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Tango lovers meet in Nelson for weekend marathon

‘It becomes a passion. It almost takes over your life’
Debora Iten of Zurich, Switerland, and Patrick Marsolek from Missoula, Montana, joined 65 other dancers in a tango marathon in Nelson this past weekend. Photo: Bill Metcalfe

Sanna Pellatt is hooked on tango dancing.

The Victoria resident says tango dancers are a close international family. Pellatt says she recently visited Seville, Spain, contacted a tango group there, and was welcomed warmly and asked to dance.

“The music is fascinating, it’s wonderful, it tugs at your heartstrings. And the whole concept behind tango, the history, the culture of it.”

About 65 members of that family met this past weekend at the Heritage City Tango Marathon at the North Shore Hall.

The participants — Nelson-area residents as well as others from around the province and outside of it — all appeared to be longtime friends, interacting with genuine warmth, familiarity and humour, when in fact many had never met before.

“We’ve been dancing now for 20 years,” said John Fowler of Victoria, who attended the marathon with his wife Linda. “We’ve been to Buenos Aires four times. When we travel to places like Shanghai we find the local tango people and we go to a dance. It becomes a passion. It almost takes over your life.”

“It’s a lifetime of learning,” said Linda. “You want to keep learning, and you can travel all over the world to do it.”

Tango dancing is a lifetime of learning. Photo: Bill Metcalfe

Danny Rondeau of Nelson, the organizer of the event, likens tango dancing to a two-person meditation.

“It’s about an inner stillness, or a sense of non-attachment, but with the extreme presence that goes along with a meditative state.”

He also likens it to an experience reported by some athletes and artists, “people who generate within themselves a flow state, a timeless sense of just going without thinking, and the sort of active euphoria that those people talk about when they’re doing that.”

People dancing tango often appear to an outsider to be dancing in a loving way with an intimate partner. But in fact they might be complete strangers.

Rondeau calls this love “gently platonic” but then adds, “I won’t say platonic, because it’s more lively and more electric than platonic love.”

Maria Schuh of Nelson, pictured here, says tango is an opportunity to disconnect from devices and connect with each other. Photo: Bill Metcalfe

“There is a short-term, genuine, deep care and love and appreciation that goes with a really high quality tango dance,” he said, “because it requires so much of us, and deep internalized listening, that we can’t do it properly without accessing that space with each other.”

Nora Lilligren said dancers are always learning new ways of expressing themselves musically, and that dancing tango is a mix of learned skills and improvisation.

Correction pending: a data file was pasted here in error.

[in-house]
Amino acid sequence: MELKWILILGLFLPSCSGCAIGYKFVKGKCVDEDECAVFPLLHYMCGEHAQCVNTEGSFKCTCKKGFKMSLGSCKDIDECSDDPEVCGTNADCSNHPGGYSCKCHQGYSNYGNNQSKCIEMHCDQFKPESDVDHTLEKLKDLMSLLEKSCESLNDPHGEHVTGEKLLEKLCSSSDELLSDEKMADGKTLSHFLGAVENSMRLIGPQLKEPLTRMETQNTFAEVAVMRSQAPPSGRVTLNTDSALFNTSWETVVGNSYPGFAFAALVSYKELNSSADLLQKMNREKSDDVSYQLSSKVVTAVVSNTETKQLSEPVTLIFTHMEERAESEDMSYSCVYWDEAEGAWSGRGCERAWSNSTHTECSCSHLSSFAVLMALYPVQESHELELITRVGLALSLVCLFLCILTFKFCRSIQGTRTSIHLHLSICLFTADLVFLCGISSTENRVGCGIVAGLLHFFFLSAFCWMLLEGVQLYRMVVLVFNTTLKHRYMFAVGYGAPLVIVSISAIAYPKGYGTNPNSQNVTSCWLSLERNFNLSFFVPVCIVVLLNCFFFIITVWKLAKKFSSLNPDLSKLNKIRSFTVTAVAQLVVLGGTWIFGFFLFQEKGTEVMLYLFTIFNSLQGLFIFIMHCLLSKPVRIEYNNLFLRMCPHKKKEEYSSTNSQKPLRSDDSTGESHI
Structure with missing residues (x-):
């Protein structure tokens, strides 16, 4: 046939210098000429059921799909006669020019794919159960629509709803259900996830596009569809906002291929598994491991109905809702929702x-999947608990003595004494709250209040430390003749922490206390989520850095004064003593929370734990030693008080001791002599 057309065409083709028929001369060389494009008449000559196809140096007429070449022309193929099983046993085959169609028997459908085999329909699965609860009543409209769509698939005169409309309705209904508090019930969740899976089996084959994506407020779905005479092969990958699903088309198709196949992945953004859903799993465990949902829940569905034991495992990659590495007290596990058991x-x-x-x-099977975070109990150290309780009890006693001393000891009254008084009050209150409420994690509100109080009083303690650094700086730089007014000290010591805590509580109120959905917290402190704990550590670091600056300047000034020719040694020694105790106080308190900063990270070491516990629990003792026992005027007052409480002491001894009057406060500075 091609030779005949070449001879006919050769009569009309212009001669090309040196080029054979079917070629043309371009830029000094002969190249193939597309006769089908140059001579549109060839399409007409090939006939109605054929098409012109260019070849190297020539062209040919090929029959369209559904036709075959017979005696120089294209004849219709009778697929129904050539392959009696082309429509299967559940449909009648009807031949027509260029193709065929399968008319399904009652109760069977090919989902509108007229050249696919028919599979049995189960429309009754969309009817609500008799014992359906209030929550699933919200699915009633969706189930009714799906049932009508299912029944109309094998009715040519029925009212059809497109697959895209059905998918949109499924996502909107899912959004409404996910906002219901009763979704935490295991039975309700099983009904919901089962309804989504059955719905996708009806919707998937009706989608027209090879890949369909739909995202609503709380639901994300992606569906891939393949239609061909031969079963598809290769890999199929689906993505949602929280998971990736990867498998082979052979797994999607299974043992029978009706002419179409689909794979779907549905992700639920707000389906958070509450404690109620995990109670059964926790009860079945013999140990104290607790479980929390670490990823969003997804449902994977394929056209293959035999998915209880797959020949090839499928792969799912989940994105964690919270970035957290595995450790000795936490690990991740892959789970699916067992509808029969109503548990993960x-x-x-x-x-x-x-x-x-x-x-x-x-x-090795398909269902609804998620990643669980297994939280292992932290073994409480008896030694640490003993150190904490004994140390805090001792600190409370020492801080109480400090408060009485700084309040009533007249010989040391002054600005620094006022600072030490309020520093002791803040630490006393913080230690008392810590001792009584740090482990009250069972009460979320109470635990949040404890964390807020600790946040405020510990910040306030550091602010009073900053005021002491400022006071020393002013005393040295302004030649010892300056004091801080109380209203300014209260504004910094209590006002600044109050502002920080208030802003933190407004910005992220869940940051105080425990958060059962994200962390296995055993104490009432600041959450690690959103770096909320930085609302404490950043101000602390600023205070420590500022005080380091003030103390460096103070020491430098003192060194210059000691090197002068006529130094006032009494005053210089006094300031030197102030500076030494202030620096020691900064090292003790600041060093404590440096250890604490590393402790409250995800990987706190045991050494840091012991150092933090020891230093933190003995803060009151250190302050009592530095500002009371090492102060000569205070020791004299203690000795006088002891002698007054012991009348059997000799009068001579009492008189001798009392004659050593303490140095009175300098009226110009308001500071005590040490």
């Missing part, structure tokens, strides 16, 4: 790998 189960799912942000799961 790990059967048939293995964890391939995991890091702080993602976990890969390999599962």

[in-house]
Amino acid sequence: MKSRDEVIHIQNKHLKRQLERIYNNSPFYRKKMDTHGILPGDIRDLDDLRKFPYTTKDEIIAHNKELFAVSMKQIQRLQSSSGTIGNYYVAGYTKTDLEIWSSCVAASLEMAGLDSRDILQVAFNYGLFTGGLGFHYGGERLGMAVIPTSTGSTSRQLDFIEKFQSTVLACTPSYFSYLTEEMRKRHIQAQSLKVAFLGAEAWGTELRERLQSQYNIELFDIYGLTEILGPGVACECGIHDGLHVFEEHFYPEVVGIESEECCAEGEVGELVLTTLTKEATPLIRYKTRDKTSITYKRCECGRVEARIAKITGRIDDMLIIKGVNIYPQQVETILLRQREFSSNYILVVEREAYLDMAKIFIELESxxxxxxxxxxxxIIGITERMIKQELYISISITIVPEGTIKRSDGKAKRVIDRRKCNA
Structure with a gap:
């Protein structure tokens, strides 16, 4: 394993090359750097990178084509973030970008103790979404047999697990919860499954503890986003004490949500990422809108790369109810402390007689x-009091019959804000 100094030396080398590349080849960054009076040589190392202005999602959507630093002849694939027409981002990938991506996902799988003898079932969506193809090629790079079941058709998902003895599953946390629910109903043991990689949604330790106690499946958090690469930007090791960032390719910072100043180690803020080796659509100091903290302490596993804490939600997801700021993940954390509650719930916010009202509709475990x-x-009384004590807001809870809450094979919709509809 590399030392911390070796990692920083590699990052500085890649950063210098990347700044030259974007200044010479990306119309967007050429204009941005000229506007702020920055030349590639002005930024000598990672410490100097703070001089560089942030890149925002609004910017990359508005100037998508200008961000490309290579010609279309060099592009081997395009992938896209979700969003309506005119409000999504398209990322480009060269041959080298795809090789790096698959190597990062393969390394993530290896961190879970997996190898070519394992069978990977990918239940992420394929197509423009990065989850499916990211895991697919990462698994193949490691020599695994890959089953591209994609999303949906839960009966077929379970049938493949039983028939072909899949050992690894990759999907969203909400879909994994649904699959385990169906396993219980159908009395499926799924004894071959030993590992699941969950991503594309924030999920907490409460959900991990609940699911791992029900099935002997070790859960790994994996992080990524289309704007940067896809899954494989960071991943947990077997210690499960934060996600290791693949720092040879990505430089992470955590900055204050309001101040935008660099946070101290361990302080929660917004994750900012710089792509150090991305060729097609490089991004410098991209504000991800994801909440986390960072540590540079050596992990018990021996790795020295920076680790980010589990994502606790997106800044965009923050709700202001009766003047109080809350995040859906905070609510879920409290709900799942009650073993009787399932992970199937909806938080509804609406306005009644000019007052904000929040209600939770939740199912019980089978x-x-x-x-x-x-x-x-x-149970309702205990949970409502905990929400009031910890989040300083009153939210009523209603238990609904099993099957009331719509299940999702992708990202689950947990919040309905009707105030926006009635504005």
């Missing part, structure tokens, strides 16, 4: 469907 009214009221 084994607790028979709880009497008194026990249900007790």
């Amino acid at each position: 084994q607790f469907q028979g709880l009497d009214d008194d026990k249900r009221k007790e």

“When you relax, you can get playful and creative with it, and can goof off and just have a lot of fun, and it’s a sense of being transported into a different creative realm between people.”

Maria Schuh said tango is more than a passion for her. It’s a calling.

“I want to have people connect physically and feel that community, creating something beautiful.”

Schuh wants to give people an opportunity to disconnect from devices and connect with each other “and physically touch each other, hug each other. That’s what people miss nowadays.”

A tango marathon is a series of milongas, or dance parties. Photo: Bill Metcalfe

A tango marathon is not a competition and it is not about endurance. It’s a several-day series of dance parties, known in Spanish as milongas, with music curated by experienced tango DJs like Steve Morgan from Denman Island.

“Being a tango DJ involves essentially curation, from a set of recordings, and tango covers a very broad spectrum,” he said.

Morgan works with recordings from tango’s golden age, between about 1935 and 1955.

“As a DJ I curate from about 1,500 recordings, and I create a flow for the evening, an emotional arc that runs all the way from happy and light and frosting on the cake, all the way to deep despair, and all the way back again.”

Tango dancers say they are always learning new ways of expressing themselves musically. Photo: Bill Metcalfe

The weekend — Friday evening though Sunday evening — consisted of five milongas, each several hours long.

The Nelson tango group has about 30 members, a mix of experienced dancers and neophytes. Rondeau said that is a large group for a town of Nelson’s size.

This was the Nelson area’s first tango marathon and when Rondeau announced to the gathering that it could be the first annual, they gave him a round of enthusiastic applause.

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Bill Metcalfe

About the Author: Bill Metcalfe

I have lived in Nelson since 1994 and worked as a reporter at the Nelson Star since 2015.
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